It's the year 2000, but where are the flying cars? I was promised flying cars. I don't see any flying cars? Why? Why? Why?
-- Avery Brooks, IBM Ad
Where's the damned future shock? Alvin Toffler promised us we'd have future shock, but I don't have future shock, no, I have the Internet. Where are the rocket cars, and where the hell is the space program I was promised? When I was six years old I sat on my father's lap while men walked on the Moon; it's my first memory of the outside world. I still remember my father telling me how important it was, how it gave us hope of escaping the planet of our birth and going elsewhere. And yet ... science fiction writer Jerry Pournelle wrote once that he always knew that he would live to see the first man on the Moon; but that he'd never dreamed he'd live to see the last.
We were supposed to go places . That was the essence of the optimistic future we were promised; we'd get off this ball of rock and see the universe. But that future was a lie, because it cost too much, to afford it we'd have had to cut back on our professional sports or makeup or cruise missiles, so here we are living in the future and we don't have rocket cars or double-decker freeways or jet backpacks or real spaceships or a mission to Mars that isn't a dreadful joke of a movie, we don't have a Moonbase or orbital hotels, small bonus on the hotels because I feel really sorry for the first newlyweds who actually try to lose their virginity in zero gravity, but for the rest of us, please: the only reason the space program still exists is that people need to put up satellites so that they can beam radio shows at you for $9.95 a month, and here we are, instead of the future we were promised we have this gyp, this horrible Internet, and as pathetic as it is, just how stupid would you feel without it? Because if you squint, if you rub your eyes hard, you can at least pretend this is the future, even if it really is just 1975 with better ergonomics.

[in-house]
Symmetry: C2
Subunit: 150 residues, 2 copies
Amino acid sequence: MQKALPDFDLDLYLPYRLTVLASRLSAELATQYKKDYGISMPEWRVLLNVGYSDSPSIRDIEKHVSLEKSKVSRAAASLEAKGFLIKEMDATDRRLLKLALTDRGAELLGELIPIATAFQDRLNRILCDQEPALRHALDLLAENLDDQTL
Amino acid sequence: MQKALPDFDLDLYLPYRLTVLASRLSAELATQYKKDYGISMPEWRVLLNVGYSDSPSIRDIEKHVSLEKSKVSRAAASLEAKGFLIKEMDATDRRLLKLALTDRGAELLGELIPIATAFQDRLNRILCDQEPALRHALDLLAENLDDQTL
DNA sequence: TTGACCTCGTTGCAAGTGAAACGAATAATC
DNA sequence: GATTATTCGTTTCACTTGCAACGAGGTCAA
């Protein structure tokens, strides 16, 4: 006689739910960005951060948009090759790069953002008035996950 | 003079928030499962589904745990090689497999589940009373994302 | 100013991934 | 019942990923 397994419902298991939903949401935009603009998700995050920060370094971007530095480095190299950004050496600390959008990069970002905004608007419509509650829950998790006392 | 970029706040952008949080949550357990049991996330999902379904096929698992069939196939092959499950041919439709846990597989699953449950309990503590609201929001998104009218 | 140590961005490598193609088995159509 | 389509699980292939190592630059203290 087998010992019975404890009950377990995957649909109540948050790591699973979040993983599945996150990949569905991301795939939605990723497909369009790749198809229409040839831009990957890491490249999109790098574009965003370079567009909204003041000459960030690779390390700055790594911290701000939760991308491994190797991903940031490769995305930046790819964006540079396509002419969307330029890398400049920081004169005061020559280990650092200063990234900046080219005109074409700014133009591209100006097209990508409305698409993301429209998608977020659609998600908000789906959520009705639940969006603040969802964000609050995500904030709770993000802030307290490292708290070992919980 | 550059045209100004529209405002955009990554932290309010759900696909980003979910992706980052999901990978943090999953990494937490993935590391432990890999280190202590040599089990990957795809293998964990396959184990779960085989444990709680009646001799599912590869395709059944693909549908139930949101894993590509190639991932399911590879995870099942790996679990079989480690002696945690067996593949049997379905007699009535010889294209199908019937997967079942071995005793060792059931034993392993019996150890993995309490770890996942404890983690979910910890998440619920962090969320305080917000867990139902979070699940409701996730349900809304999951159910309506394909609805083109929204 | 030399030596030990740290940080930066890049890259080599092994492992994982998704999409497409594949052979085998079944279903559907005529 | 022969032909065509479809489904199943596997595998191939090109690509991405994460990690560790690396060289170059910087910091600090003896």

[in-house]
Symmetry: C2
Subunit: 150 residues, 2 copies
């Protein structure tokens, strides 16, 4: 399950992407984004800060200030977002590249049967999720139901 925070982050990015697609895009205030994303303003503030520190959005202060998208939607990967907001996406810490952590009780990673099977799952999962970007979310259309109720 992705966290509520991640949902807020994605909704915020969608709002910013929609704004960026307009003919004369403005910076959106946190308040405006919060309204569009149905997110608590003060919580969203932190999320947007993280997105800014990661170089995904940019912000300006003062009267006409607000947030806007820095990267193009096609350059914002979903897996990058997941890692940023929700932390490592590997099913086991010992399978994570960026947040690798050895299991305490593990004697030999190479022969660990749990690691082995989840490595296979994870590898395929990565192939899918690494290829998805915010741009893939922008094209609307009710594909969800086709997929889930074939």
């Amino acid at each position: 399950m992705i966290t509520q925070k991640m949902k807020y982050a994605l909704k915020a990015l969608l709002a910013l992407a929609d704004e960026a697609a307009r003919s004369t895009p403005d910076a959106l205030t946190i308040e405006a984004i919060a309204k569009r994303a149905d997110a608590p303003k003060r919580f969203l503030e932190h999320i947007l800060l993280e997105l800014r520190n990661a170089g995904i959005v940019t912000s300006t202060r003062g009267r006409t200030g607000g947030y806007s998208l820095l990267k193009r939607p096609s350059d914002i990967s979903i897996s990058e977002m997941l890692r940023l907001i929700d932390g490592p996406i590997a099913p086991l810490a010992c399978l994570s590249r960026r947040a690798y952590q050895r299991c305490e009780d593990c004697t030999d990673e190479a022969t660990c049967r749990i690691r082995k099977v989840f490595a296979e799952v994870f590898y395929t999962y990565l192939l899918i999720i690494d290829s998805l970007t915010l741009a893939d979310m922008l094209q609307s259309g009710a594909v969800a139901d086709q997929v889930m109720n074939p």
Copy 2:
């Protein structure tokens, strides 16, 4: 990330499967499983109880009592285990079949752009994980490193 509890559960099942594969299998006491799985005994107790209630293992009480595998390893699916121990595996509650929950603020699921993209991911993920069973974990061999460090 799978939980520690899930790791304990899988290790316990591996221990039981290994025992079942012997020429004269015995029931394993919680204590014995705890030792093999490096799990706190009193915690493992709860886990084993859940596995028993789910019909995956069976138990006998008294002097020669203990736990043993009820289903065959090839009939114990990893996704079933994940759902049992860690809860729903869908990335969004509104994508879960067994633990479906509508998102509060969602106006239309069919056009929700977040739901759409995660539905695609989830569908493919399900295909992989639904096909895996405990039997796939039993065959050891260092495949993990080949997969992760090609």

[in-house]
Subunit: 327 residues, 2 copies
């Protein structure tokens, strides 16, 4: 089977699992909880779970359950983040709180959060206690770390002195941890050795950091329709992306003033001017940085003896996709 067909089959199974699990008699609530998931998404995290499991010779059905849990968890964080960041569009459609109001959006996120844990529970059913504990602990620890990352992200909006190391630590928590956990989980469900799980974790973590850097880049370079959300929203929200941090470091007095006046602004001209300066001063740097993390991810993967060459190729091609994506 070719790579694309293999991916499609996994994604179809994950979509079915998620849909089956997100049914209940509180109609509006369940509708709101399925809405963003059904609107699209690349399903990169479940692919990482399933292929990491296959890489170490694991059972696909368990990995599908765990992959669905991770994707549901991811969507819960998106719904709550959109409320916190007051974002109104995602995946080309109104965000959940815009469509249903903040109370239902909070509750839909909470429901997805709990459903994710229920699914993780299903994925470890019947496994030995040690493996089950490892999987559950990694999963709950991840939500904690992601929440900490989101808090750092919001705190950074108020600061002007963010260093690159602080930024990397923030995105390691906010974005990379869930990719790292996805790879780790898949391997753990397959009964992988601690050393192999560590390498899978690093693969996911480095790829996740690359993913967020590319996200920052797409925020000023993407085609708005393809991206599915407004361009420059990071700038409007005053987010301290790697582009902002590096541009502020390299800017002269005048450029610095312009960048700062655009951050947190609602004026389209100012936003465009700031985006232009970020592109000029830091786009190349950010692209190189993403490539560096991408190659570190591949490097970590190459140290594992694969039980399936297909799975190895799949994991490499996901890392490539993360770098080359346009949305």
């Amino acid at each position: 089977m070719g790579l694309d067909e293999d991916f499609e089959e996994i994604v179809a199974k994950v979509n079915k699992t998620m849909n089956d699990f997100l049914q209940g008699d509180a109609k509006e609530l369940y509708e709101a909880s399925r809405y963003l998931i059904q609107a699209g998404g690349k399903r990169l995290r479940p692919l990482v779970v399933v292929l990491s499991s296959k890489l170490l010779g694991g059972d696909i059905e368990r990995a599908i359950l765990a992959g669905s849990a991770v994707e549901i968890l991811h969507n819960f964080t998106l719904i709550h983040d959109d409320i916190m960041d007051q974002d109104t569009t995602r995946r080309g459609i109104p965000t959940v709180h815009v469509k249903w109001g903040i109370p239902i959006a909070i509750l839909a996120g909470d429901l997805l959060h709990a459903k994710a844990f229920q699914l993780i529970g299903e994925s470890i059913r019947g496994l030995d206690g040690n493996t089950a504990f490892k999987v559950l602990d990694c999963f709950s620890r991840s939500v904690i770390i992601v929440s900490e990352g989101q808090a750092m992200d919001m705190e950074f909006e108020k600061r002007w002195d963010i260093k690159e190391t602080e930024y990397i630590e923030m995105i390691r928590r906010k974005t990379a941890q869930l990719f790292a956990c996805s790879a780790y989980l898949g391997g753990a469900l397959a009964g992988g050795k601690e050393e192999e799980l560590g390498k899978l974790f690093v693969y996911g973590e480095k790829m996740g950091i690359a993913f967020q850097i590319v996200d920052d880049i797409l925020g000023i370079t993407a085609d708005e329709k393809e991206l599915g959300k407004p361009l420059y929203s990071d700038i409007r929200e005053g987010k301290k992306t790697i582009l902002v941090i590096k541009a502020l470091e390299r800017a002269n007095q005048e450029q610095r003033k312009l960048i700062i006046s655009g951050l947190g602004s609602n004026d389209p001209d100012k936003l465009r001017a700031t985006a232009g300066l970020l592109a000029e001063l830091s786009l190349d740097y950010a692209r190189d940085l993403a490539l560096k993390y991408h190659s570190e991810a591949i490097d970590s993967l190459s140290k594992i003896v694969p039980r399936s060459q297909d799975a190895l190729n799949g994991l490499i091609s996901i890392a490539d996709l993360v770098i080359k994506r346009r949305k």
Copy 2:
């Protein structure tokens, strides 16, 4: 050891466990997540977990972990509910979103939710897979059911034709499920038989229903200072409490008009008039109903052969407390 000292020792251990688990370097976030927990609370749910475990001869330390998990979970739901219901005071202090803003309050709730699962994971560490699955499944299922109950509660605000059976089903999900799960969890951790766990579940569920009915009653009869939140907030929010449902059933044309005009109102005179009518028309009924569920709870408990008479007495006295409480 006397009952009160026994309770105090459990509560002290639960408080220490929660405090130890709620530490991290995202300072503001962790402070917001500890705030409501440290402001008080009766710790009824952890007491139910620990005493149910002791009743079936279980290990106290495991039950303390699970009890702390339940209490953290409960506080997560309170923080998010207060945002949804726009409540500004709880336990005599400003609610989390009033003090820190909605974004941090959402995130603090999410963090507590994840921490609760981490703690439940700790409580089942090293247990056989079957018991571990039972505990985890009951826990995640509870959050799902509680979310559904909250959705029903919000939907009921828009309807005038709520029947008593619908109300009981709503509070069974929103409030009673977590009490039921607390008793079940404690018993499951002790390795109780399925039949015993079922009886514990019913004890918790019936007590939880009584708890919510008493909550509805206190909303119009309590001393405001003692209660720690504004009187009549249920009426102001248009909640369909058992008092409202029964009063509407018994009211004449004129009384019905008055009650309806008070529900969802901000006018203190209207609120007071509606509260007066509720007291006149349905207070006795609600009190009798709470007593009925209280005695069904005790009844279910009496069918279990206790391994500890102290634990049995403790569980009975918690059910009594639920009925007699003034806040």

The ad we ran at the beginning is from IBM, and it goes on to argue that you don't need flying cars, because the Internet cuts down on your need to travel, and this is true, I don't need to travel as much because the Internet gives me a substitute for travel. I don't need a flying car ... I just want one. I want one, I want one, I want one. The Internet is the booby prize, what we got instead of the future we were promised. We wanted better ways to travel, rather than a way to numb the pain of staying home. If you had to choose between the Internet and the feel of Tahitian sand between your toes, or the sight of the Earth rising over the mountains of the Moon, would you really have picked the Internet? I wouldn't ... and I wish I'd been given the choice.
Antoine de Saint-Exupery wrote, If you want to build a ship, don't drum up the workers to gather wood, divide the work, and give orders. Instead, teach them to yearn for the vast and endless sea.
The next chance you get, on some dark clear night, go outside and take a look at the Moon. Men walked on that thing, when I was a little boy.
You can hear Daniel Keys Moran reading the above in this 1.2MB MP3 file.
The RealAudio version is at this NPR archive.
The IBM commercial with Avery Brooks quoted above can be seen at